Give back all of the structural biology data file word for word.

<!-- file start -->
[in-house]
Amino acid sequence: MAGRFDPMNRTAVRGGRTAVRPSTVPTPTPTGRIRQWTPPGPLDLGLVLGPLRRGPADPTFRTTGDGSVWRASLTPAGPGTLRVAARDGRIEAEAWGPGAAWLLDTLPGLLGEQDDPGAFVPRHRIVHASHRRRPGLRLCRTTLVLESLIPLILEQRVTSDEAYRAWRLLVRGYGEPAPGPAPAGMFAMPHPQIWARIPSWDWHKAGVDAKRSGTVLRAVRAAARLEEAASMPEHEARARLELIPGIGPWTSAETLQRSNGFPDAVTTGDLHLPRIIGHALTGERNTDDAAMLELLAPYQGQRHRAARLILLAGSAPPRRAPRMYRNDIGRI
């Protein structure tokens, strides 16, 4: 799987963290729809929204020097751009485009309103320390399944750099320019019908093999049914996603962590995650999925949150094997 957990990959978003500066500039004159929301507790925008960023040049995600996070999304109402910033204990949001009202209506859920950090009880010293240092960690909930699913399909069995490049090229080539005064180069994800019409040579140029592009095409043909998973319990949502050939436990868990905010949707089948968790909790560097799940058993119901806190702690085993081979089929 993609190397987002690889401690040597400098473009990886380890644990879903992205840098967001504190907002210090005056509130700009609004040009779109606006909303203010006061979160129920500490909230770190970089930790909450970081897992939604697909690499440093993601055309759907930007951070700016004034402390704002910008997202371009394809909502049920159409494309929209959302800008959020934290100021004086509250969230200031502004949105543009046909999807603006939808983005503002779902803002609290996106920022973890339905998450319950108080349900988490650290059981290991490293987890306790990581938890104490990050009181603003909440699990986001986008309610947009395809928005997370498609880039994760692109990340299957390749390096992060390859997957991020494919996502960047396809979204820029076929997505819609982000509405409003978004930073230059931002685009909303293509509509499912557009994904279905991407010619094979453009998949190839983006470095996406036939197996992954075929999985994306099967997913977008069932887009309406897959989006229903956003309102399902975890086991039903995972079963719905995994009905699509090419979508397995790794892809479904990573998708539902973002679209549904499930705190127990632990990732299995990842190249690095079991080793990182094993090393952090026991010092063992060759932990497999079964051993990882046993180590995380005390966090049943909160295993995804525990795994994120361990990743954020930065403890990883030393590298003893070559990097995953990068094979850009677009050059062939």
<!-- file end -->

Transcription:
[in-house]
Amino acid sequence: MAGRFDPMNRTAVRGGRTAVRPSTVPTPTPTGRIRQWTPPGPLDLGLVLGPLRRGPADPTFRTTGDGSVWRASLTPAGPGTLRVAARDGRIEAEAWGPGAAWLLDTLPGLLGEQDDPGAFVPRHRIVHASHRRRPGLRLCRTTLVLESLIPLILEQRVTSDEAYRAWRLLVRGYGEPAPGPAPAGMFAMPHPQIWARIPSWDWHKAGVDAKRSGTVLRAVRAAARLEEAASMPEHEARARLELIPGIGPWTSAETLQRSNGFPDAVTTGDLHLPRIIGHALTGERNTDDAAMLELLAPYQGQRHRAARLILLAGSAPPRRAPRMYRNDIGRI
């Protein structure tokens, strides 16, 4: 799987963290729809929204020097751009485009309103320390399944750099320019019908093999049914996603962590995650999925949150094997 957990990959978003500066500039004159929301507790925008960023040049995600996070999304109402910033204990949001009202209506859920950090009880010293240092960690909930699913399909069995490049090229080539005064180069994800019409040579140029592009095409043909998973319990949502050939436990868990905010949707089948968790909790560097799940058993119901806190702690085993081979089929 993609190397987002690889401690040597400098473009990886380890644990879903992205840098967001504190907002210090005056509130700009609004040009779109606006909303203010006061979160129920500490909230770190970089930790909450970081897992939604697909690499440093993601055309759907930007951070700016004034402390704002910008997202371009394809909502049920159409494309929209959302800008959020934290100021004086509250969230200031502004949105543009046909999807603006939808983005503002779902803002609290996106920022973890339905998450319950108080349900988490650290059981290991490293987890306790990581938890104490990050009181603003909440699990986001986008309610947009395809928005997370498609880039994760692109990340299957390749390096992060390859997957991020494919996502960047396809979204820029076929997505819609982000509405409003978004930073230059931002685009909303293509509509499912557009994904279905991407010619094979453009998949190839983006470095996406036939197996992954075929999985994306099967997913977008069932887009309406897959989006229903956003309102399902975890086991039903995972079963719905995994009905699509090419979508397995790794892809479904990573998708539902973002679209549904499930705190127990632990990732299995990842190249690095079991080793990182094993090393952090026991010092063992060759932990497999079964051993990882046993180590995380005390966090049943909160295993995804525990795994994120361990990743954020930065403890990883030393590298003893070559990097995953990068094979850009677009050059062939």